Youth Pilgrimage 2013: We Will Remember Them

In 2013, Lane Gray was chosen to be the Saskatchewan Command participant for the Royal Canadian Legion Youth Pilgrimage.  Below is a speech that he gave at the 2013 Biennial Provincial Convention in North Battleford on October 21st, along with a link to a video that he showed while giving his speech.

We at Saskatchewan Command would like to thank Lane for sharing his experience at the convention.  It was a powerful speech and was truly enjoyable and inspiring.

Lane is available for presentations to schools, branches, or other events.  His contact information is below his speech.

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Good afternoon Comrades;

My name is Lane Gray and I am from Quill Lake Branch #37. In July of this past summer, I had the good fortune to be this year’s Pilgrim from Saskatchewan for the Legion’s Youth Pilgrimage of Remembrance. I was one of ten pilgrims representing each provincial command and in all there were 26 participants. Many of you know another Saskatchewan participant, Comrade Al Hodgson from Nipawin.  This year, the tour made its way through northern France, Belgium and a short jaunt into Holland to visit the Canadian battlefields and cemeteries from the First and Second World War. It was an extremely moving and educational experience that I will carry with me for the rest of my life. For this I would first like to thank those involved in selecting me for the pilgrimage.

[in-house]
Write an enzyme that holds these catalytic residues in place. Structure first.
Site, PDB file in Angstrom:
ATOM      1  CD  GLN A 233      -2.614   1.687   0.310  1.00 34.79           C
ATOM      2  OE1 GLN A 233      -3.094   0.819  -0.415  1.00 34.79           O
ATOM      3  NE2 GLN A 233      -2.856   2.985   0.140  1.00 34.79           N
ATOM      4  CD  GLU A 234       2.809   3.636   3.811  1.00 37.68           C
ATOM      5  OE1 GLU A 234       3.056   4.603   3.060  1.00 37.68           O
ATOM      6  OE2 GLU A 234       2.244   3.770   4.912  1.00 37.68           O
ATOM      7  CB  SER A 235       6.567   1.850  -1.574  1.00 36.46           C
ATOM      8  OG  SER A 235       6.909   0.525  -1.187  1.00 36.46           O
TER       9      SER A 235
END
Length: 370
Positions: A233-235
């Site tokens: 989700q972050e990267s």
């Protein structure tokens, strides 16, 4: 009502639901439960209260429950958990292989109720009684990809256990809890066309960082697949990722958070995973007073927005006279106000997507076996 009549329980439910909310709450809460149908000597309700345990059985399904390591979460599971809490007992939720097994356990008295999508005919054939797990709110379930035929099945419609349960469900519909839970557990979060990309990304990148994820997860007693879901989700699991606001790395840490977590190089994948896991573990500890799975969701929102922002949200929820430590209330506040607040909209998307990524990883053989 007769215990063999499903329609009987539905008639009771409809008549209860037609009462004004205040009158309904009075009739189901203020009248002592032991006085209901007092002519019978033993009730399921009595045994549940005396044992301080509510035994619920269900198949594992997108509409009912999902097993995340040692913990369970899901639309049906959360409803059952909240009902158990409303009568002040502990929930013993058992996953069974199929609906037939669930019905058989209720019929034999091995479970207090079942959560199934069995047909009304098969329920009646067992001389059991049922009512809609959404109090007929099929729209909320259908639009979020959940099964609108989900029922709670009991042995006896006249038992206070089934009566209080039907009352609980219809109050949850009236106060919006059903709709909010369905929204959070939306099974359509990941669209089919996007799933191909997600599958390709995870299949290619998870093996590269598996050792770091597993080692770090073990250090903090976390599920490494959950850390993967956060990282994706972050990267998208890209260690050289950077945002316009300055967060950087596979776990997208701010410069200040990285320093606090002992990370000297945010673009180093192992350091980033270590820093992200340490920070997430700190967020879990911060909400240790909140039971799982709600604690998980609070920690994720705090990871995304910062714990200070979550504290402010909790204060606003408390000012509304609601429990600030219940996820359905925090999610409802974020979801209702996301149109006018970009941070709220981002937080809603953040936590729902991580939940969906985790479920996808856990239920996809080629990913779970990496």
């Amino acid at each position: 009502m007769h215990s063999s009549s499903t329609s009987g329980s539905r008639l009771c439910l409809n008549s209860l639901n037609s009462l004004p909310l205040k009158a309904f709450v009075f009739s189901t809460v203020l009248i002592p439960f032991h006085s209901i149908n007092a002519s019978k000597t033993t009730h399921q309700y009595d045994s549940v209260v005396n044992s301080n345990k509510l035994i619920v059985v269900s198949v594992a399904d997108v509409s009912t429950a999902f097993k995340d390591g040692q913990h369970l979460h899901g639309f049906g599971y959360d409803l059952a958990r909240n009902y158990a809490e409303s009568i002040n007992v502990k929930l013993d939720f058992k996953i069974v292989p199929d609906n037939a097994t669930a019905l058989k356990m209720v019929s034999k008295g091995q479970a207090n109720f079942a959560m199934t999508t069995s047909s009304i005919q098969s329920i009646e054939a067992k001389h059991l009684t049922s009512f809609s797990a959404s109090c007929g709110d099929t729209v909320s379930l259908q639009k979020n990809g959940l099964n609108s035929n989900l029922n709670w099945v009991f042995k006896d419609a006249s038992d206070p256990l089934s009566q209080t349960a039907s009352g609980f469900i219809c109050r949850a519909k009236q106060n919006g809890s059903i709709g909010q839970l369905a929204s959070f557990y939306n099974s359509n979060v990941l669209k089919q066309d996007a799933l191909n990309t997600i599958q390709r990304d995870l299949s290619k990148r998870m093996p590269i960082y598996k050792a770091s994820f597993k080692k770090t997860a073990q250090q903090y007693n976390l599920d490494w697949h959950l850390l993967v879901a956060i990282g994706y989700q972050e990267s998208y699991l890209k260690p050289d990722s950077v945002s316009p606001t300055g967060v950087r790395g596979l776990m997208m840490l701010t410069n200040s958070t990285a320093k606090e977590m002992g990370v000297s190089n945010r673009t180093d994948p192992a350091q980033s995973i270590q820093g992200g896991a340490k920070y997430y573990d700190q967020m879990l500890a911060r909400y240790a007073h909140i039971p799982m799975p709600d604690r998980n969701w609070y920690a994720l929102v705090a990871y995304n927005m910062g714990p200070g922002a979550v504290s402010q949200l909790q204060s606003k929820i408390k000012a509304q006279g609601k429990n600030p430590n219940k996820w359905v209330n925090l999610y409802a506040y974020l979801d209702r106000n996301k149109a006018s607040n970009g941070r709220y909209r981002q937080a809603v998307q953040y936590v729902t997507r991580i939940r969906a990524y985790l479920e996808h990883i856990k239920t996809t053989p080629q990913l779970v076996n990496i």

Part of my responsibility in participating in the pilgrimage is to present the highlights of the tour to you today. This has been the responsibility of past pilgrim participants as well. Although this is the first Legion convention I have attended, I am sure you have seen images and heard stories of pilgrimages in past from participants like Comrades Brenda Fredrickson and Connie Wilson. I imagine that the experience has had similar impacts on them as it has on me and the message to the convention has been similar over the years. For this reason, I would like to put a different spin on my presentation. Although you are going to see many images from the pilgrimage, today I am not going to tell you about WHAT I saw so much as WHO I saw.

Going into the pilgrimage, all of the participants were excited to tour the Canadian battlefields we have all heard about as well do some European sightseeing. For many it was the first time travelling in Europe and we expected to fill our cameras with images of things we had only seen on TV or read about in books. For the first couple days of the trip this did happen. At every stop we made, the sound of clicking cameras filled our ears. Then things changed.